Entrée to Asia: A Culinary Adventure

by Thomas Robson

Published by Raincoast Books

144 pages, 1999


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Entrée to Adventure

Reviewed by Monica Stark

 

Though many authors have taken stabs at demystifying Asian foods for Westerners, few have done it with Thomas Robson's aplomb in Entrée to Asia. Readers of Robson's book will get a fast grounding in several Asian cuisines and styles of cooking as well as a quick fix of the local lore and culture of the locales in question.

Produced to look very much like a companion-piece to Robson's Emmy Award-nominated television series of the same name, Entrée to Asia whisks you through a culinary tour of Singapore, Malaysia, Thailand and Hong Kong. Obviously, with a travel agenda like that, such a slender volume will not be the definitive guide to cooking in any of those regions. However, the tastes that Robson has selected -- as well as the "Kitchenary" of terms and methods -- offers a strong appetizer to the culinary offerings of the East.

In Entrée to Asia, Robson hasn't attempted to offer an entire day-in-the-life-of menu. Rather, the recipes he's opted to include would lend themselves to being served as either an appetizer or main course. And thus, among others, we have Curry Noodles from Singapore; Coconut Rice from Malaysia; Thai Corn Cakes from Thailand and Braised Prawns from Hong Kong. Altogether 54 recipes are included, though the bulk of these -- a total of 32 -- are credited to Thailand.

Part of the success of Entrée to Asia is due to the sensible-yet-stylish layout and easy-to-follow instructions. Each recipe is given two pages. One of the two is a beautifully-reproduced photo -- sometimes of one of the ingredients in the recipes, photographed in situ, sometimes of the finished recipe and sometimes of street vendors or market chefs and even statuary. The "business" page is given over to a brief but illuminative description of the food to follow ("In the mid-afternoon, and only in the mid-afternoon, there is a place on the edge of Chinatown, near the Chao Phraya River, where you can buy freshly cooked corn cakes..."). The listing of ingredients is highlighted within a pale-colored box, with a result that's so restful to the eye and visually appealing, it's a wonder that more cookbook publishers don't use it. The balance of the page is given to the recipe's method and either a salient kitchen tip ("You can use either fresh or frozen corn in this recipe. If you use frozen kernels...") or a small, related photograph. The result is a pleasing two-page spread that's a delight to the kitchen-busy eye. Since the same format is used throughout the book, it's easy for the chef at work to pick up the rhythm of the book and find what you need at a glance.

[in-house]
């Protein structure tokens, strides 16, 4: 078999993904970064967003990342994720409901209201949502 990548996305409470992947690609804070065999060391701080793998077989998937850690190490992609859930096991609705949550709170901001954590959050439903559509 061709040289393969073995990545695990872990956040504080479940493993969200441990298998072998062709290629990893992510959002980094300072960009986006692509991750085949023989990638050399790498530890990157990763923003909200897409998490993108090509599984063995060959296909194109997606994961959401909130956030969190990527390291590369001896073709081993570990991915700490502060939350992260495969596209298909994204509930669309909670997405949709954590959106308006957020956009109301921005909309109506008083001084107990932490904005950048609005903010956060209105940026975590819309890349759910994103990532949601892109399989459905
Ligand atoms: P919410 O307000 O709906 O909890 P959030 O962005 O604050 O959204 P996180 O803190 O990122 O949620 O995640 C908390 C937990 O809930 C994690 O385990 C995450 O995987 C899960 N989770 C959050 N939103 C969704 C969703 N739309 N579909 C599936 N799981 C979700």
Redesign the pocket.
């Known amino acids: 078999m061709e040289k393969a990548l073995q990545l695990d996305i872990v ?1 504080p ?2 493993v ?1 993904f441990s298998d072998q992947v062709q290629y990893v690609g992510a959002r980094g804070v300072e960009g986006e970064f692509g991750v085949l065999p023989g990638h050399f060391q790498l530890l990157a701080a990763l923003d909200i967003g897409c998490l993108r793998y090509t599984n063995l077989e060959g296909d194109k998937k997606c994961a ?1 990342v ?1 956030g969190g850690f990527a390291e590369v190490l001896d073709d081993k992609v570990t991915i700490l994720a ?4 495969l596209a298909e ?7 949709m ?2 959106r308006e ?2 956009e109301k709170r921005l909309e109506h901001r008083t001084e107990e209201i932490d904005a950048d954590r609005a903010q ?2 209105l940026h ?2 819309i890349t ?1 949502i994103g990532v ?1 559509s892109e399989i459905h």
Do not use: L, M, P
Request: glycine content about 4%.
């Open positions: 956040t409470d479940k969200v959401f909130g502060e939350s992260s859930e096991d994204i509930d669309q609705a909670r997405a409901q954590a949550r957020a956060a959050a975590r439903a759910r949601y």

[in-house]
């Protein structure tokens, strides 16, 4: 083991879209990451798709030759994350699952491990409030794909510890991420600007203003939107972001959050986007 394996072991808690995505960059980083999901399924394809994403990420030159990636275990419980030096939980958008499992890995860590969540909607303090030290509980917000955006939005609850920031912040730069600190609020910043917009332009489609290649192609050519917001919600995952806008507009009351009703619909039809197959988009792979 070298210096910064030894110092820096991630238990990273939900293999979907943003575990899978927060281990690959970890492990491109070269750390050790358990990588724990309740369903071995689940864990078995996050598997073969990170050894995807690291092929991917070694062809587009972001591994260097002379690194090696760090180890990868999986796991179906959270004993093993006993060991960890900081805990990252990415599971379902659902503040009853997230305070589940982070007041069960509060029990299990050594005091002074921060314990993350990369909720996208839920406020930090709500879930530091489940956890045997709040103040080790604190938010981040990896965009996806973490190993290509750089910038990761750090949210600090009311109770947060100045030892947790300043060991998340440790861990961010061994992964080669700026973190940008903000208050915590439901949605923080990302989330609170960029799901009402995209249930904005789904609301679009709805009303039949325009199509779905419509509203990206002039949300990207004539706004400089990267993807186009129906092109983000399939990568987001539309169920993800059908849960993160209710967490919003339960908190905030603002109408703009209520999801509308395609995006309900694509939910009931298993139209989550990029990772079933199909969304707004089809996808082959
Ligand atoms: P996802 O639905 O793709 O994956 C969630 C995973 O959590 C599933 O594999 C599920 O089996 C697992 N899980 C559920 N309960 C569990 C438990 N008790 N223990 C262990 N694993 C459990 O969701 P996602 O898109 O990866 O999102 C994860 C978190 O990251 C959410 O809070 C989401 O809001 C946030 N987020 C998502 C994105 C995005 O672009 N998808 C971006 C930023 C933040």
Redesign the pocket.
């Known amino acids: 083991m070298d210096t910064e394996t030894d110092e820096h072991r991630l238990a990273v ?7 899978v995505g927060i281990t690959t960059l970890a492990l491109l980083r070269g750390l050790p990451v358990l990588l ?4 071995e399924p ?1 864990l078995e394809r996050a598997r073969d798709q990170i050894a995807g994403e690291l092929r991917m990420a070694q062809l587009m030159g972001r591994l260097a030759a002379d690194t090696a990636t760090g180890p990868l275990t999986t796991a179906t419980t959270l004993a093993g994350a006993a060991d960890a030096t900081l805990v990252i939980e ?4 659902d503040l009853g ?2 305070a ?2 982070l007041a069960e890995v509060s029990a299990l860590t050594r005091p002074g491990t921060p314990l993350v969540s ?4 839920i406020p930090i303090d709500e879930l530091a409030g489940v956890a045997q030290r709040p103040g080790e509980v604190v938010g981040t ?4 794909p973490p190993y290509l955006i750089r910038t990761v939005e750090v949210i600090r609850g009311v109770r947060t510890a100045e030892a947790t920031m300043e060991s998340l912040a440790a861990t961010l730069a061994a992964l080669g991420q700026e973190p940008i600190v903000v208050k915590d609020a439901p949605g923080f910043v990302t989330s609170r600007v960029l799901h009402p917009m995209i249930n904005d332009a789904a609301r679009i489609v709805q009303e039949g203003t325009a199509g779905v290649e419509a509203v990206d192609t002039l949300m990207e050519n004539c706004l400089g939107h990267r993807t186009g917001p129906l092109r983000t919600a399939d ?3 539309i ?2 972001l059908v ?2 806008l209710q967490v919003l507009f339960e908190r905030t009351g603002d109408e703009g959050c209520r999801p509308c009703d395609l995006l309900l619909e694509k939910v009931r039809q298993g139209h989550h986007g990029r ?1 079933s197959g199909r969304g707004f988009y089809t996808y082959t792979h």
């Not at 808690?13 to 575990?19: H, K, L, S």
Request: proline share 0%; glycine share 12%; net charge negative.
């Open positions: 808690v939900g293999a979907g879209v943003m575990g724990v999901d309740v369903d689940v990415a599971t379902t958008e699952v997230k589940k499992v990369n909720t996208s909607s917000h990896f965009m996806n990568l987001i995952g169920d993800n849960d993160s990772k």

Overall, Entrée to Asia is a stylish and useful addition to the wannabe fusion chef's cookbook library. A smattering of solid recipes -- many of them staples of the area represented -- and enough strong photographs to wake the travel bug. A winning combination. | January 2000

 

MONICA STARK is a Vancouver-based freelance writer and editor.